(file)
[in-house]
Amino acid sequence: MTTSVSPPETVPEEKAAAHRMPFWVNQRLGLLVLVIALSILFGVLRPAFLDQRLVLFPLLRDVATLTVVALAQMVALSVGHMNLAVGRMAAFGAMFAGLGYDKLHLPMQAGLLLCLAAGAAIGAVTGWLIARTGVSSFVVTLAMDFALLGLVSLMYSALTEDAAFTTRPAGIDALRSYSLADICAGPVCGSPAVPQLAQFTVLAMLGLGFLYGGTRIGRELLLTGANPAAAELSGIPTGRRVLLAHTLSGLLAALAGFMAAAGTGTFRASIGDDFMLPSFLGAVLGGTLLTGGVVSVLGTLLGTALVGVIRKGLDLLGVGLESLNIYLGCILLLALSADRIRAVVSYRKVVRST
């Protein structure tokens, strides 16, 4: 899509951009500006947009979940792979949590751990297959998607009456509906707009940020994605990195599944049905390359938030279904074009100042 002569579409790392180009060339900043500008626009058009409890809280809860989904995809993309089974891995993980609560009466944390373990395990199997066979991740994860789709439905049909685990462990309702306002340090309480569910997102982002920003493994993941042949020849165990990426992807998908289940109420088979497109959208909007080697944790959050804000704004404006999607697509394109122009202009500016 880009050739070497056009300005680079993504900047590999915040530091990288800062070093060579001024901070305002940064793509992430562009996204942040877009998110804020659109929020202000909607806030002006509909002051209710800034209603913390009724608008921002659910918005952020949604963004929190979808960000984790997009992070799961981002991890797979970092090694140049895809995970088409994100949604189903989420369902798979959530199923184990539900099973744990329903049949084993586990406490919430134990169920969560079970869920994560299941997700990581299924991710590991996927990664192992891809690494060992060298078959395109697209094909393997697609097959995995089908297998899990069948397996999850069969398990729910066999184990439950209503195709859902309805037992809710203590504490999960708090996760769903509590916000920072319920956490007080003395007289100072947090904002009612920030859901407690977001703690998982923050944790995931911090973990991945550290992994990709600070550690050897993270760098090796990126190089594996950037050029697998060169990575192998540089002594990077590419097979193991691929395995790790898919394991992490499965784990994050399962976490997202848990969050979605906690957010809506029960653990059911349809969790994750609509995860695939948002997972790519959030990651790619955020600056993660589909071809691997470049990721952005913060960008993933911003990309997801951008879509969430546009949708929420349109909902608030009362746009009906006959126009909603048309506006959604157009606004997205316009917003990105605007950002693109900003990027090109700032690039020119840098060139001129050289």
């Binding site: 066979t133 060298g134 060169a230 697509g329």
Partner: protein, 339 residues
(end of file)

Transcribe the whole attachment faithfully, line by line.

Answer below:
[in-house]
Amino acid sequence: MTTSVSPPETVPEEKAAAHRMPFWVNQRLGLLVLVIALSILFGVLRPAFLDQRLVLFPLLRDVATLTVVALAQMVALSVGHMNLAVGRMAAFGAMFAGLGYDKLHLPMQAGLLLCLAAGAAIGAVTGWLIARTGVSSFVVTLAMDFALLGLVSLMYSALTEDAAFTTRPAGIDALRSYSLADICAGPVCGSPAVPQLAQFTVLAMLGLGFLYGGTRIGRELLLTGANPAAAELSGIPTGRRVLLAHTLSGLLAALAGFMAAAGTGTFRASIGDDFMLPSFLGAVLGGTLLTGGVVSVLGTLLGTALVGVIRKGLDLLGVGLESLNIYLGCILLLALSADRIRAVVSYRKVVRST
């Protein structure tokens, strides 16, 4: 899509951009500006947009979940792979949590751990297959998607009456509906707009940020994605990195599944049905390359938030279904074009100042 002569579409790392180009060339900043500008626009058009409890809280809860989904995809993309089974891995993980609560009466944390373990395990199997066979991740994860789709439905049909685990462990309702306002340090309480569910997102982002920003493994993941042949020849165990990426992807998908289940109420088979497109959208909007080697944790959050804000704004404006999607697509394109122009202009500016 880009050739070497056009300005680079993504900047590999915040530091990288800062070093060579001024901070305002940064793509992430562009996204942040877009998110804020659109929020202000909607806030002006509909002051209710800034209603913390009724608008921002659910918005952020949604963004929190979808960000984790997009992070799961981002991890797979970092090694140049895809995970088409994100949604189903989420369902798979959530199923184990539900099973744990329903049949084993586990406490919430134990169920969560079970869920994560299941997700990581299924991710590991996927990664192992891809690494060992060298078959395109697209094909393997697609097959995995089908297998899990069948397996999850069969398990729910066999184990439950209503195709859902309805037992809710203590504490999960708090996760769903509590916000920072319920956490007080003395007289100072947090904002009612920030859901407690977001703690998982923050944790995931911090973990991945550290992994990709600070550690050897993270760098090796990126190089594996950037050029697998060169990575192998540089002594990077590419097979193991691929395995790790898919394991992490499965784990994050399962976490997202848990969050979605906690957010809506029960653990059911349809969790994750609509995860695939948002997972790519959030990651790619955020600056993660589909071809691997470049990721952005913060960008993933911003990309997801951008879509969430546009949708929420349109909902608030009362746009009906006959126009909603048309506006959604157009606004997205316009917003990105605007950002693109900003990027090109700032690039020119840098060139001129050289």
């Binding site: 066979t133 060298g134 060169a230 697509g329």
Partner: protein, 339 residues